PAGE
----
Low grade mesothelioma 2 1   1
Papillary well differentiated 3 2   1
Epithelial* 37 7 16 14
Biphasic 4   1 3
Sarcomatous 1     1
Deciduoid 1   1  
Total 51 13 18 20
NOTE. The pathologic type did not have an impact an survival.
* Including one transition from multicystic mesothelioma to malignant epithelial mesothelioma.


diagtreat8

Fig 8. Pharmacokinetics of intraperitoneal paclitaxel at 20 mg/m2 in 1 L of peritoneal dialysis solution. In this patient the chemotherapy solution was instilled as rapidly as possible an the first postoperative day.

 

The morphologic type did not correlate with prognosis but surgical selection and referral bias may skew these findings. In the past, electron microscopy was important in the definitive pathologic diagnosis of mesothelioma. Today, the sophisticated use of an extensive panel of IHC markers can be used to confirm the diagnosis of mesothelioma.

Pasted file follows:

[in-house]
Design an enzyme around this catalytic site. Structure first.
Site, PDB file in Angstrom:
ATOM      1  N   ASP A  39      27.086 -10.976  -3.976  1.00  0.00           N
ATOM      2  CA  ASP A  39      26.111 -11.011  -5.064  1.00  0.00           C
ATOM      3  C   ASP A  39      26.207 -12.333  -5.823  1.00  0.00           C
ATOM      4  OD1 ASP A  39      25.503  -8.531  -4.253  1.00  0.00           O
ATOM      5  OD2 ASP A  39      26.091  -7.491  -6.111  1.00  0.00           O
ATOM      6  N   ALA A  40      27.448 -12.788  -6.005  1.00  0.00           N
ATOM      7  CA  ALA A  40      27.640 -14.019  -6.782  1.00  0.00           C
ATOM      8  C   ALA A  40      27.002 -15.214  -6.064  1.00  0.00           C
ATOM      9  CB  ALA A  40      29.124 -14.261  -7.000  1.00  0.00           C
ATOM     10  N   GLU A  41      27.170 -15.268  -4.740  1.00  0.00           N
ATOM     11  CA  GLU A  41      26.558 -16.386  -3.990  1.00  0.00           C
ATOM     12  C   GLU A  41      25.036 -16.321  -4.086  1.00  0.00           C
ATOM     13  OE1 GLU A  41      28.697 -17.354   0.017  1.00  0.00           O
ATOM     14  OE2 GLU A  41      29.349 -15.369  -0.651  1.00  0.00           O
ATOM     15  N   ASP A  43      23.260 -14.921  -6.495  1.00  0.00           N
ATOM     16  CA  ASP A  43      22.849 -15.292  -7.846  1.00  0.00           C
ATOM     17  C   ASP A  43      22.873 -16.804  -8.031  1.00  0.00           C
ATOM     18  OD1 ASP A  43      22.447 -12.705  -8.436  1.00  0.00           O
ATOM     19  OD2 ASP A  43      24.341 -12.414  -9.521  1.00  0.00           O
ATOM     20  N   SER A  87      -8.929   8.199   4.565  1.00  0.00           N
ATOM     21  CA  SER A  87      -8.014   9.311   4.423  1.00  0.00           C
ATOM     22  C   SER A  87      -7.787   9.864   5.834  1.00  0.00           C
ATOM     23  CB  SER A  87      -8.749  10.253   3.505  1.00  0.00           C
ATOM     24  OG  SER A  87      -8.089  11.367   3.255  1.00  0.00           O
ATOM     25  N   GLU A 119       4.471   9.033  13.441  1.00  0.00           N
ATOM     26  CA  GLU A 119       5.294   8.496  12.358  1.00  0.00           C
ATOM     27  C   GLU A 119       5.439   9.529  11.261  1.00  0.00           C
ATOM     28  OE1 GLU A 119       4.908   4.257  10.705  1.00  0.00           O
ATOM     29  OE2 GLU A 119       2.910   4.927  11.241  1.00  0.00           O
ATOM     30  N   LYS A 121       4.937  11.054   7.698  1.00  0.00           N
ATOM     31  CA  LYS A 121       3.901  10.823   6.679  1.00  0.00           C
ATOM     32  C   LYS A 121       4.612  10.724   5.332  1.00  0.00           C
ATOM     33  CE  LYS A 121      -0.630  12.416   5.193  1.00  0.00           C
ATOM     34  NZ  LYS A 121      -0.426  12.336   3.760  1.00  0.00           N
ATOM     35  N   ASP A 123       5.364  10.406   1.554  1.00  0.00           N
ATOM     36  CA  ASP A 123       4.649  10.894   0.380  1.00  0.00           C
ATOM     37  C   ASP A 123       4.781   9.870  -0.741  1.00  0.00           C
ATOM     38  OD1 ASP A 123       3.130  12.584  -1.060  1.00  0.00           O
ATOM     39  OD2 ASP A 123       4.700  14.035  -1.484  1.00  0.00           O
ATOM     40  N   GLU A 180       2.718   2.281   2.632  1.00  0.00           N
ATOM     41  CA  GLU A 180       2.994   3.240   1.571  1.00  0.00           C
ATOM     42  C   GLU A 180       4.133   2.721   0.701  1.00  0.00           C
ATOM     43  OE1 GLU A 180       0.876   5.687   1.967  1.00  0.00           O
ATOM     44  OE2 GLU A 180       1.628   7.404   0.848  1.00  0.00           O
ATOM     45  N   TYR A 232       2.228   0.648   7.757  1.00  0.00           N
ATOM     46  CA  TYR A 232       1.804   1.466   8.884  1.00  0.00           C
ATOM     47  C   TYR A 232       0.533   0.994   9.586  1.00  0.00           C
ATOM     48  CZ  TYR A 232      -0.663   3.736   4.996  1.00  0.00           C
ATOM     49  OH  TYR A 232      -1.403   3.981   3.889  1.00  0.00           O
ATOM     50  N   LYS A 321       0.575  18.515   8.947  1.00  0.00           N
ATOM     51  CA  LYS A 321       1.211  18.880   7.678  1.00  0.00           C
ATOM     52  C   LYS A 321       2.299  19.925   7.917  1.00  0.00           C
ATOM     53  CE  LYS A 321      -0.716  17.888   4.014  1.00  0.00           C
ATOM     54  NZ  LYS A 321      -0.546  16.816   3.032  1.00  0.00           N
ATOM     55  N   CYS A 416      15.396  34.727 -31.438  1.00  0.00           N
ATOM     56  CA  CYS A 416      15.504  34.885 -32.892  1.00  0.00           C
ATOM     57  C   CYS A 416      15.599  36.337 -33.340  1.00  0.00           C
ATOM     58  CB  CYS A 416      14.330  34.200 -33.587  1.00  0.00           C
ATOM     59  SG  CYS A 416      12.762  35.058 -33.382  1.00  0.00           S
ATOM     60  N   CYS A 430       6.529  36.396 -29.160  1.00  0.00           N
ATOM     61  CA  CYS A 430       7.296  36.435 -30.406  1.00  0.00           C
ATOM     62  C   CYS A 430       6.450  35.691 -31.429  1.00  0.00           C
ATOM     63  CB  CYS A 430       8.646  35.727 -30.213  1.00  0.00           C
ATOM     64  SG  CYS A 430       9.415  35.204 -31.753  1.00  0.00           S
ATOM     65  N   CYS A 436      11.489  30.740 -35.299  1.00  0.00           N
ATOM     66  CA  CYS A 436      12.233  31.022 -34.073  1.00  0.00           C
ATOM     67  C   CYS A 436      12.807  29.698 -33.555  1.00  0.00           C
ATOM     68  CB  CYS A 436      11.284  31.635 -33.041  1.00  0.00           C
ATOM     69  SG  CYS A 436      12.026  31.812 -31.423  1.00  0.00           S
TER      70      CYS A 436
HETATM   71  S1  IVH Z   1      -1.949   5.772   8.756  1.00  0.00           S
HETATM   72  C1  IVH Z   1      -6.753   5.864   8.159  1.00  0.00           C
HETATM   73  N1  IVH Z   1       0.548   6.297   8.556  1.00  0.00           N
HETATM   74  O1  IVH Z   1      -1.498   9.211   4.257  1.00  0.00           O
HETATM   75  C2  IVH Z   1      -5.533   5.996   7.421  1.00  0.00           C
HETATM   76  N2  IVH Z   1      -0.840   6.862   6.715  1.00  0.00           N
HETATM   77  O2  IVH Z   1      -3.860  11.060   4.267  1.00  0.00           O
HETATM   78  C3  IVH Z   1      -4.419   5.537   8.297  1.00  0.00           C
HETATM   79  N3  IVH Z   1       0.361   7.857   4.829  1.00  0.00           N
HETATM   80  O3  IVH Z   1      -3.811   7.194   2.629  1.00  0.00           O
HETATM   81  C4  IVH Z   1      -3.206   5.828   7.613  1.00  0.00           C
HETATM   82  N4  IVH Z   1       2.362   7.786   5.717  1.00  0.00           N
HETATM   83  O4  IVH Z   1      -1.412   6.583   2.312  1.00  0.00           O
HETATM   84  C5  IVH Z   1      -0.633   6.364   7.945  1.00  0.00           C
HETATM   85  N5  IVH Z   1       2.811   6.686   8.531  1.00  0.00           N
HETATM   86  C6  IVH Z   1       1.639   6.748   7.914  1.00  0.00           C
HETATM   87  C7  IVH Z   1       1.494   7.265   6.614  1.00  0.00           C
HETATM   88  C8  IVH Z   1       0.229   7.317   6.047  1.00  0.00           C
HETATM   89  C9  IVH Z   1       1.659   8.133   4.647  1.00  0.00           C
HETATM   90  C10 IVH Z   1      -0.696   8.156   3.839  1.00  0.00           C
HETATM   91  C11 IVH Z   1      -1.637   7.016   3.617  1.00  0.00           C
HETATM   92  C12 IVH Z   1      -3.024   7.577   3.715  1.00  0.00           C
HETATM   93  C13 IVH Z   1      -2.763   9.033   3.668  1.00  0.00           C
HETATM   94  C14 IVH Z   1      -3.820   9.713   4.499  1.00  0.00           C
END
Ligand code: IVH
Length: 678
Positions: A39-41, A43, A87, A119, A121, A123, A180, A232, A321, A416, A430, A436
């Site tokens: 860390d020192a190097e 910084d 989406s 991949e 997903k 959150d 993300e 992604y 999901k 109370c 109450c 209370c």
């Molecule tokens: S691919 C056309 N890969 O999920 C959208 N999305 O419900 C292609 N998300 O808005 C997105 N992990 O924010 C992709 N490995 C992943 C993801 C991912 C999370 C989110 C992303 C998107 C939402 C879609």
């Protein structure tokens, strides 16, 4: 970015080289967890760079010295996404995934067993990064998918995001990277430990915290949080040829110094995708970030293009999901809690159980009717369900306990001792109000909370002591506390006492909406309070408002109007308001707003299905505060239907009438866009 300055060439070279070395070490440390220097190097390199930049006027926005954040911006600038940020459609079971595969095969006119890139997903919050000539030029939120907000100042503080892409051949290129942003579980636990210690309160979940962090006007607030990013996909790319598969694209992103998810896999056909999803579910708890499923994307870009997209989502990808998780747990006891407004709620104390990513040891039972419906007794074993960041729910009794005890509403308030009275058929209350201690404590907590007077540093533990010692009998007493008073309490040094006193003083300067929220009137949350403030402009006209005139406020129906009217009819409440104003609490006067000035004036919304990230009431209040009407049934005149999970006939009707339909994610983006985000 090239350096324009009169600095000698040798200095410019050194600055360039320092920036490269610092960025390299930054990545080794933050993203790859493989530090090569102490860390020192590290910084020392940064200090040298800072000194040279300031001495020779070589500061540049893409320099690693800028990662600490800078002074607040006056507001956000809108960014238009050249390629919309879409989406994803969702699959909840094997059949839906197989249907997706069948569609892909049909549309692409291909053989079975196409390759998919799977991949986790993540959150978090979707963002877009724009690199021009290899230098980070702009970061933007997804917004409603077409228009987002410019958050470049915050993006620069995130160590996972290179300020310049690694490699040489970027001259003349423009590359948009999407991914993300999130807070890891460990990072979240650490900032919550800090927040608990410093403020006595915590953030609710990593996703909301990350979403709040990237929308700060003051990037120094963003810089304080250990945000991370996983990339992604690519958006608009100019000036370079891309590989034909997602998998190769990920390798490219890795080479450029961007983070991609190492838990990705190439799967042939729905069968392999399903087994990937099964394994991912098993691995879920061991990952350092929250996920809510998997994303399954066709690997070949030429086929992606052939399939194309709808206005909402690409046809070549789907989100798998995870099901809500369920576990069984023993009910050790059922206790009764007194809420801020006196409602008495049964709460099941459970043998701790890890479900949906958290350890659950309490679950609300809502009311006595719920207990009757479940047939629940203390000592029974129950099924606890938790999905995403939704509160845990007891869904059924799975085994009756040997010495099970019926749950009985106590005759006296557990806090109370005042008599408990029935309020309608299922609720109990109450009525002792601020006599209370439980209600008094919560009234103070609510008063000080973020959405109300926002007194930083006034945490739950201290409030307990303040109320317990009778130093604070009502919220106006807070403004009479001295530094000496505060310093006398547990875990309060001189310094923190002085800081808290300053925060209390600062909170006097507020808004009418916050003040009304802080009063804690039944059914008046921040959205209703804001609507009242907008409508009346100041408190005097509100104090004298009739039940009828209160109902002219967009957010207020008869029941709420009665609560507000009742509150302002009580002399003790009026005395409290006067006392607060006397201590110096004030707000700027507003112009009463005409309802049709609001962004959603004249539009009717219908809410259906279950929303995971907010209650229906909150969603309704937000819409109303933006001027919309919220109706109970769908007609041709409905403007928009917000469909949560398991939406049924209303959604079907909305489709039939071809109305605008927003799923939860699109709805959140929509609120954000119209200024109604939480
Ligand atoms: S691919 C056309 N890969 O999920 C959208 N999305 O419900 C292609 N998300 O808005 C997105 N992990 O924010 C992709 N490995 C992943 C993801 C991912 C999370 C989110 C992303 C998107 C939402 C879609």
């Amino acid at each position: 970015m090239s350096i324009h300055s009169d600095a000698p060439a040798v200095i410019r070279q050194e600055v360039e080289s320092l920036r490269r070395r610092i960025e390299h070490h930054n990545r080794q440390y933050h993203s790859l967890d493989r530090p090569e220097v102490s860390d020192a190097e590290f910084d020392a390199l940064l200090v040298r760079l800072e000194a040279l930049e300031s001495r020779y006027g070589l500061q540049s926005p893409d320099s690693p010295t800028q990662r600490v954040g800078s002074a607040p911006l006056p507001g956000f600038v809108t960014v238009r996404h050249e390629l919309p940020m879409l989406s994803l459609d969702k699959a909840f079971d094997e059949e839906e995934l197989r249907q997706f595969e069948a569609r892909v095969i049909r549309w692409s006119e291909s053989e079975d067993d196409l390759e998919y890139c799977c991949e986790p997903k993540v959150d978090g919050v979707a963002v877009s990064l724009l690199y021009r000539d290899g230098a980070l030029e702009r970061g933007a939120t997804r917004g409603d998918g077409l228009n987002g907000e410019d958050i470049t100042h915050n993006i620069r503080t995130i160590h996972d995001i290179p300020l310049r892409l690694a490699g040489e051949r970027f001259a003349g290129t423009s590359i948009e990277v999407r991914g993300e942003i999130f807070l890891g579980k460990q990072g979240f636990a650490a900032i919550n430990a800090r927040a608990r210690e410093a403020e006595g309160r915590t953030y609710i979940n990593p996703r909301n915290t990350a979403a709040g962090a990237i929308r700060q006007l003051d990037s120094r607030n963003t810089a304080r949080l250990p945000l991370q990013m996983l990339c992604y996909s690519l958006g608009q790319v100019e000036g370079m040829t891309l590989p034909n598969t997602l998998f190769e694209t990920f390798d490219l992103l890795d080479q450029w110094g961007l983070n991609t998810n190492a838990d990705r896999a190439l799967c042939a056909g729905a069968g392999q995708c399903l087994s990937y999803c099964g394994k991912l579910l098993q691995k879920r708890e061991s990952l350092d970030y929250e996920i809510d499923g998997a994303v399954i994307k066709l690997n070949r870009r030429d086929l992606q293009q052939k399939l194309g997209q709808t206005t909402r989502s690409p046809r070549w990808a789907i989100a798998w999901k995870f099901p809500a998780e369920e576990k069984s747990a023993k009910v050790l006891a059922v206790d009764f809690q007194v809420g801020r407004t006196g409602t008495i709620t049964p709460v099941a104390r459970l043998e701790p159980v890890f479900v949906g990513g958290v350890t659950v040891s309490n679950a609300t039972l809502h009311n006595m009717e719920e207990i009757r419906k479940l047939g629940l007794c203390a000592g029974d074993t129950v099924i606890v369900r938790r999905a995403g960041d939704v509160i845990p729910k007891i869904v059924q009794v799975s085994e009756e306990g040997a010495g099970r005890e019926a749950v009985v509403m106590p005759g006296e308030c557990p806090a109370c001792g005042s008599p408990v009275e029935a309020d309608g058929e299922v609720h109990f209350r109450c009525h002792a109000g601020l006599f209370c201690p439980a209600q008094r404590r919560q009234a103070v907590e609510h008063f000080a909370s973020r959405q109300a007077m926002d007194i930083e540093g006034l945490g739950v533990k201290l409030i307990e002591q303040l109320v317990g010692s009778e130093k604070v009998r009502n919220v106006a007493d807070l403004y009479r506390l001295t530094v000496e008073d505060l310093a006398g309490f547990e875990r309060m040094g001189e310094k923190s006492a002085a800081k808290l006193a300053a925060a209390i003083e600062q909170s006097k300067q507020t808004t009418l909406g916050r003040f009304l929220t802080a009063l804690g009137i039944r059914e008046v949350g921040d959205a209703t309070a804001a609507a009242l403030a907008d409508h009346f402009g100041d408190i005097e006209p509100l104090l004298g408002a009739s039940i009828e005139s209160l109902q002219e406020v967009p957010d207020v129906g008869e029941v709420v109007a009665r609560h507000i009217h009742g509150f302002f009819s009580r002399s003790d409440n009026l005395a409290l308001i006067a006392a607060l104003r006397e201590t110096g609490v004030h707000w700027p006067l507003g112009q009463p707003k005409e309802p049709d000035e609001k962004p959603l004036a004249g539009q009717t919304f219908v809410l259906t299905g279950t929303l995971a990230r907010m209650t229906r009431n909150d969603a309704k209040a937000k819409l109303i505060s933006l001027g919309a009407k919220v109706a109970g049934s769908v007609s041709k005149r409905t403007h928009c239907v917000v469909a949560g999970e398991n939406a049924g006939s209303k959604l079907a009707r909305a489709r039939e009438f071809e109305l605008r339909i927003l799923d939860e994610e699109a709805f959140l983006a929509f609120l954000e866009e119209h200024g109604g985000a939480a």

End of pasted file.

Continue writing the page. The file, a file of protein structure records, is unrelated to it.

TREATMENTS
Rationale for Aggressive Local-Regional Approach
Peritoneal mesothelioma is a disease that produces symptoms and causes the patients death as a result of disease progression confined to the surfaces of the abdomen and pelvic. Sometimes peritoneal mesothelioma will penetrate through the right or left hemidiaphragm and involve the pleura, leading to respiratory symptoms. However, in a majority of patients, metastases to other sites do not occur. Death is usually caused by intestinal obstruction, fistula formation, and resulting starvation.
In the dry-painful type of mesothelioma, multiple sites of cancer progression may be evident, although one clinically dominant mass may occur.